This week, I filled in for my friend Jess over at RH Reality Check. I took over her role of creating the weekly Global Roundup – a post that highlights interesting reproductive health stories from around the world. I sifted through a bunch of articles while looking for ones to feature, and kept coming back to the United Nations’ recent Maternal Mortality report.
The overall stats are promising, with the total number of maternal deaths having decreased from 543 000 in 1990 to 287 000 in 2010. This 47% reduction in mortality rates is due to many factors, but most notably, countries that are doing better are focusing on training and deploying midwives, ensuring adequate essential supplies, making family planning accessible and providing timely obstetric care to women with complications.
Still, despite the overall decrease in deaths, there are still countries that are struggling. (It should be noted that the U.S. ranks at #50 in maternal mortality rates, despite spending more on health care than any other country. Clearly there’s a disconnect here.)
The report noted that a woman dies of pregnancy-related complications every two minutes, and many of these deaths could be prevented with proven interventions. Sub-Saharan Africa and Southern Asia are areas that still face challenges, and in fact, the countries of India and Nigeria make up one-third of total maternal deaths worldwide.
The United Nations Population Fund (UNFPA) has created a three-pronged strategy in hopes of lowering these rates even further. They’re quite simple, really:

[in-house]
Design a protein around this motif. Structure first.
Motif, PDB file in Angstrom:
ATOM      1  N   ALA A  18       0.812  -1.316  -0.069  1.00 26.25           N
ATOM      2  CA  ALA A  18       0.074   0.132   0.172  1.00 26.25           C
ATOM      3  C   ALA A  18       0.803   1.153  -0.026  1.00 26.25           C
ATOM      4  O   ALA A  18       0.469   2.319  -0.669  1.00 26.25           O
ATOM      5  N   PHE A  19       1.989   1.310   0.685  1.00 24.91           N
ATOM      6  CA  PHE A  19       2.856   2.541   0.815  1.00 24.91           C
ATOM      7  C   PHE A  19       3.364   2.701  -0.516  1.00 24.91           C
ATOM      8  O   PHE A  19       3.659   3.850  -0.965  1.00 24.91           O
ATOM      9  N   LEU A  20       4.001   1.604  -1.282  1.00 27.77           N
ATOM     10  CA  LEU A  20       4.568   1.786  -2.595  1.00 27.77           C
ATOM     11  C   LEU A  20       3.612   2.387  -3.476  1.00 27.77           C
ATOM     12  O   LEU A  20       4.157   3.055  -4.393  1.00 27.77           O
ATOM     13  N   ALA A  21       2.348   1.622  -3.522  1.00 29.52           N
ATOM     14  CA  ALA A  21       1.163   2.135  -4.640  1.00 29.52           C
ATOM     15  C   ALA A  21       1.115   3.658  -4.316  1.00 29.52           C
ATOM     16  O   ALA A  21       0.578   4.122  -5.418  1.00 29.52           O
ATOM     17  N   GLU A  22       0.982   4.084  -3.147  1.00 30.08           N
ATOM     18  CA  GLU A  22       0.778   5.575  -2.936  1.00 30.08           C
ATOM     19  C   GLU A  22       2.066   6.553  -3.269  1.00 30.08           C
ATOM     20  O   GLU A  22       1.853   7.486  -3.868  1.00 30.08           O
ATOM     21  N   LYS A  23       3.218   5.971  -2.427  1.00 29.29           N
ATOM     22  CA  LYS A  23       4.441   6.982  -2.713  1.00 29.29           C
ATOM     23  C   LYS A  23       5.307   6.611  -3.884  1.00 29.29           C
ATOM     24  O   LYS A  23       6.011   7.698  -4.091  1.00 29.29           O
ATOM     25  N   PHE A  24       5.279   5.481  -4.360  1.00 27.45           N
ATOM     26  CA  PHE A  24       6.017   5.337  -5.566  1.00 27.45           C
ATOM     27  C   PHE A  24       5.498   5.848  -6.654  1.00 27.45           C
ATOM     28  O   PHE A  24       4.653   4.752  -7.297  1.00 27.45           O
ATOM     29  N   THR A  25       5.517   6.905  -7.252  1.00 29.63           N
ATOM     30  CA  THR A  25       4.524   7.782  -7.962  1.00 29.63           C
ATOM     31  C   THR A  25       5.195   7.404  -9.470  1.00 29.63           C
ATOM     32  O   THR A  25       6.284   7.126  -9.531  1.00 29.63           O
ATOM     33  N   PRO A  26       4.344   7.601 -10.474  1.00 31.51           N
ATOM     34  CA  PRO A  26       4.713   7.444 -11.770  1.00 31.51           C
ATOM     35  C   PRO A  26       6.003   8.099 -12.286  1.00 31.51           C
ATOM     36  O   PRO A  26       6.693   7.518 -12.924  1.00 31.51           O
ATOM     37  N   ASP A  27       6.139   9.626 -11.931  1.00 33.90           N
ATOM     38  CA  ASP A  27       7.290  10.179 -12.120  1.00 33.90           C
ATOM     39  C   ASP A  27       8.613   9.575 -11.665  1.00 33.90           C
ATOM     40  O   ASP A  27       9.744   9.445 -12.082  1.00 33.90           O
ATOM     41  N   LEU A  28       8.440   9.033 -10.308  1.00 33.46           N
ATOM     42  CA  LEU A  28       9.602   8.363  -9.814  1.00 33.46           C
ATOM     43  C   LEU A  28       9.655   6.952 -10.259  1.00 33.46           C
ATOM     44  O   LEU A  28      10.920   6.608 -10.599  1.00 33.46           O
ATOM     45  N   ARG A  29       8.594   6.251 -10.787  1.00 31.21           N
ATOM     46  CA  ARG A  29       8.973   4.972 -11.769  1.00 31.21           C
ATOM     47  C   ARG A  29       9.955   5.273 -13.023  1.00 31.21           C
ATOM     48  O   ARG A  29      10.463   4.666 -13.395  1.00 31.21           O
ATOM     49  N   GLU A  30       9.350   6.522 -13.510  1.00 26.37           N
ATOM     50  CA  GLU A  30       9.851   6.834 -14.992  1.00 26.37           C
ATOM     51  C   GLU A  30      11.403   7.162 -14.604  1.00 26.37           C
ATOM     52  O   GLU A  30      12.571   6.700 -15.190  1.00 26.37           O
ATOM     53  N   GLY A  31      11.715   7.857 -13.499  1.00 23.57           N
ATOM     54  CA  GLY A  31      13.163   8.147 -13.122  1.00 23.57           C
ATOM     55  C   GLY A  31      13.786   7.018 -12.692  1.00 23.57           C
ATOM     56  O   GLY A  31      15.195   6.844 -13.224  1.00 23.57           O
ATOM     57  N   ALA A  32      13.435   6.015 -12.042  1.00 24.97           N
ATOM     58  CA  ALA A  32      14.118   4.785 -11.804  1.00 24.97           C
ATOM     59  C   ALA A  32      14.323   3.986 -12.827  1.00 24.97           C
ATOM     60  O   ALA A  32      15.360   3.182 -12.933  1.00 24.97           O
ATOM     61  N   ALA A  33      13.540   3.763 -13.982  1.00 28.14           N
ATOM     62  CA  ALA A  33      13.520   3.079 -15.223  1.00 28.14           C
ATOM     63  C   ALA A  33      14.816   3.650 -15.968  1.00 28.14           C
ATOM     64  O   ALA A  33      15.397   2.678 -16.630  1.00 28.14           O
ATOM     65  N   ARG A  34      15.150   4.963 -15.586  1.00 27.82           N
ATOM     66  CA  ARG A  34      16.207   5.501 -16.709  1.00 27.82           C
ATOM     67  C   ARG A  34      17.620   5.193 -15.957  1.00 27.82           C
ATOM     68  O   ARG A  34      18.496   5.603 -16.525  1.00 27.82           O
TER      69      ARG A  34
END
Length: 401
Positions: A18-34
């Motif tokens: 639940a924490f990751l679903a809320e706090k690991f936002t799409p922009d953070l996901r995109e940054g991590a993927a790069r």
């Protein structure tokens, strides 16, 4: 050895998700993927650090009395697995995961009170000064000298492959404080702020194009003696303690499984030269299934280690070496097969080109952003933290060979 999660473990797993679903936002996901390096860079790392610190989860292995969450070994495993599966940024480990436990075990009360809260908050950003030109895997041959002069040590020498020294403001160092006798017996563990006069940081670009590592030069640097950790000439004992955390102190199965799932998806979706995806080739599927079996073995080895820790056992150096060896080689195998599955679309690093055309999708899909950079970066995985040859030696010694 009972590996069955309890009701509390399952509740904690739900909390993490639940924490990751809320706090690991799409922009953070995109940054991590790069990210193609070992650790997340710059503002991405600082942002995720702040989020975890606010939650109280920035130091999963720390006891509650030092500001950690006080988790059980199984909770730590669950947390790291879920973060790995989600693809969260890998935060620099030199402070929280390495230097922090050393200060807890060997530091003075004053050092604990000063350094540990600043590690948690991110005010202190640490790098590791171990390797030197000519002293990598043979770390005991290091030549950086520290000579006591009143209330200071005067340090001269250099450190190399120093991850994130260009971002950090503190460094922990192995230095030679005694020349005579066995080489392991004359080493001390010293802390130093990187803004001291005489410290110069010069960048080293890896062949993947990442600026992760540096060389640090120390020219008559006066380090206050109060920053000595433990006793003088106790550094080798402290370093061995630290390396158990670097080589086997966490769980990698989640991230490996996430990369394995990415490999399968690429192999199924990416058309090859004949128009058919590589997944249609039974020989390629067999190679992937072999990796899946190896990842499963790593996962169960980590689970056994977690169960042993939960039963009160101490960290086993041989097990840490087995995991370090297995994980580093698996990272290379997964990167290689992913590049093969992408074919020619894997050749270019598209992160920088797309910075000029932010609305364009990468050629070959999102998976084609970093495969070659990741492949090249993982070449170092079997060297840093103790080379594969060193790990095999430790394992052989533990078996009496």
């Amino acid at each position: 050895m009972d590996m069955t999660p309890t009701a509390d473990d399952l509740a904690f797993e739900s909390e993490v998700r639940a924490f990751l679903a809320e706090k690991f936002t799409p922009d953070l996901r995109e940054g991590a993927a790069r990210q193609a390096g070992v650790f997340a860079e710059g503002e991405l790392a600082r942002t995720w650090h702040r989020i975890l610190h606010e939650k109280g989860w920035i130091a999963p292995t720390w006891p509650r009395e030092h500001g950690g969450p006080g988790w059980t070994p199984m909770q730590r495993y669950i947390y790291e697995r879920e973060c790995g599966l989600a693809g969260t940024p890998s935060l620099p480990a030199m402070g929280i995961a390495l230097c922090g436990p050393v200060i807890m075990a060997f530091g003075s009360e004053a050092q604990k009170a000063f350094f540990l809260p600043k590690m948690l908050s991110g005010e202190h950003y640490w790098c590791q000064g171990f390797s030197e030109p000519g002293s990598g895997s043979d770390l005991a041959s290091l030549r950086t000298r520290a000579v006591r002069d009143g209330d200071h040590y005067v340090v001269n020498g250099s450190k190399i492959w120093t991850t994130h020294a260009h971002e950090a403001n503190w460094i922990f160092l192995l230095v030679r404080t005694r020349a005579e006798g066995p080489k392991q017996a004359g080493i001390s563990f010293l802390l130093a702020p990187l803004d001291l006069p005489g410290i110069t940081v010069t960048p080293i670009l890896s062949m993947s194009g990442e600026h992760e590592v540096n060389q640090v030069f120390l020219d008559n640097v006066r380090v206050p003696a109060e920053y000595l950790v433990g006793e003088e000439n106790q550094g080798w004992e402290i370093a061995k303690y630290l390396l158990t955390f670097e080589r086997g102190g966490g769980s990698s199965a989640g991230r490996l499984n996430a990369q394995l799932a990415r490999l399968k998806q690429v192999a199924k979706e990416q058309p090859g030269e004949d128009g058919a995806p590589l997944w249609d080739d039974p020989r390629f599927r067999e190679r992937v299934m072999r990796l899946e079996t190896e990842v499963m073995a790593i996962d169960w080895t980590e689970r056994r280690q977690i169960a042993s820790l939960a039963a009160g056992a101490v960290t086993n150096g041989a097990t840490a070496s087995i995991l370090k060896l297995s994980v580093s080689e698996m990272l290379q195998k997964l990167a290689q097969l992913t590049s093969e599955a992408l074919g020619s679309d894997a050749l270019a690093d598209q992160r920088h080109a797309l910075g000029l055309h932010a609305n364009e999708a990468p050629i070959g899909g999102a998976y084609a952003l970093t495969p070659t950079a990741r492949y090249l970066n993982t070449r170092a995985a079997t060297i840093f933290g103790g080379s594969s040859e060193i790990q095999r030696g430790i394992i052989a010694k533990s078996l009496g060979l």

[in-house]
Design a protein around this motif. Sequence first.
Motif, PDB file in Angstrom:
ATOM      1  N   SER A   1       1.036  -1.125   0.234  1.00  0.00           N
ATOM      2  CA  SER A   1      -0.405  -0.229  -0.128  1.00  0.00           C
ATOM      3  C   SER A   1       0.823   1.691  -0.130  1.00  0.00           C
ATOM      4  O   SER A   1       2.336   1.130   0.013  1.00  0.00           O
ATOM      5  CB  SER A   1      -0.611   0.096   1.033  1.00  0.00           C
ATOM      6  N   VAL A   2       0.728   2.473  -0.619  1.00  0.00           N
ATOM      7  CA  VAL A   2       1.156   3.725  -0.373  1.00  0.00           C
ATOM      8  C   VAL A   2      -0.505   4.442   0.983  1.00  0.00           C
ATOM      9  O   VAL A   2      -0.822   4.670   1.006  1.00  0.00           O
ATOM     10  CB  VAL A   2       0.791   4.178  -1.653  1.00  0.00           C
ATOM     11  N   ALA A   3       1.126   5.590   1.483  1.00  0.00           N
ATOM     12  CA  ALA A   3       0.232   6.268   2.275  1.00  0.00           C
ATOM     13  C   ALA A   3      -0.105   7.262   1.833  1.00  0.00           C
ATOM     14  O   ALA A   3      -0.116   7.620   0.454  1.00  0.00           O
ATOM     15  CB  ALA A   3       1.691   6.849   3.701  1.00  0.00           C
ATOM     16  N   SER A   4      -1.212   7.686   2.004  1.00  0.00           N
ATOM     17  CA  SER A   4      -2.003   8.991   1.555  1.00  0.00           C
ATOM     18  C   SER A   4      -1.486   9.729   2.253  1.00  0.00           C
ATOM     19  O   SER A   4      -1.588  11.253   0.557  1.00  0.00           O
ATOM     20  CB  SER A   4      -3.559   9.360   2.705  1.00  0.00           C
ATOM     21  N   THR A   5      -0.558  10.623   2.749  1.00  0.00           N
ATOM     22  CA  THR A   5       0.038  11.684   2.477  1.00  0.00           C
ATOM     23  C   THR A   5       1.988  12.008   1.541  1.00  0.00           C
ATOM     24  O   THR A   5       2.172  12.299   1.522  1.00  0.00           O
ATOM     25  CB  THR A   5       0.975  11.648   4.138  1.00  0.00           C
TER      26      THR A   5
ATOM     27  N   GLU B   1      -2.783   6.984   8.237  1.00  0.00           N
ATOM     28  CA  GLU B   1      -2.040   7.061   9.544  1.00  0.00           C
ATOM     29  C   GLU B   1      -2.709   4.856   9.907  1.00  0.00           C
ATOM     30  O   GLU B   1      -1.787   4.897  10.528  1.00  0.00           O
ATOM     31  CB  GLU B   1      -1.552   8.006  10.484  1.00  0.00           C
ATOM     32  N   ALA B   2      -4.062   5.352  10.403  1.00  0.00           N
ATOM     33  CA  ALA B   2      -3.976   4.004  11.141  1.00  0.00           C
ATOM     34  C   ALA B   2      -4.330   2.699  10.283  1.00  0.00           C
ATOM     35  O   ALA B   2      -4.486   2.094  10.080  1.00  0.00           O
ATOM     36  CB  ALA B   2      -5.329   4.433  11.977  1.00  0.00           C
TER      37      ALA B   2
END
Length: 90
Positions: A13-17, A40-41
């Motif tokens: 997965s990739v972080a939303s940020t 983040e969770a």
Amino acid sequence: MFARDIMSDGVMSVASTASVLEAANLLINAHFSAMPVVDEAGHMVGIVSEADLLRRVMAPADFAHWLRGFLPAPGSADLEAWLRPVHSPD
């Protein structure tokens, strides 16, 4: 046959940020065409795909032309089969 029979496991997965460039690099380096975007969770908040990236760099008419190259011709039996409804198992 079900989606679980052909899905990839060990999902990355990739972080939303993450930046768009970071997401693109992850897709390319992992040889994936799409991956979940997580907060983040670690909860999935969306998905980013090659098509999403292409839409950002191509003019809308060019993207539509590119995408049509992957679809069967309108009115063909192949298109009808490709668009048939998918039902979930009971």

- All women have access to contraception to avoid unintended pregnancies
- All pregnant women have access to skilled care at the time of birth
- All those with complications have timely access to quality emergency obstetric care
The first part of their plan is to ensure that all women have access to contraception. This goes for every woman in every country. It’s not a difficult concept to grasp – if we want to ensure that women are having healthy pregnancies and births, we need to make sure that they actually want to become pregnant in the first place. The UN understands this idea quite nicely – so why are we having a struggle with this in our own country?
While the UN and countries all over are struggling to ensure women worldwide have access to contraception, politicians right here in the U.S. are doing their damnedest to restrict the very same access.
With our maternal mortality rates worse than 49 other countries, perhaps we should heed the UN’s 3-pronged approach and ease up on these attacks on contraception. While there are certainly a host of other issues at play in the US as far as maternal mortality goes, it would definitely not hurt to provide more access to contraception to those who need it. While the focus may be global, we can stand to learn a lesson from the UN’s latest report, yet sadly, I highly doubt those who need to are listening.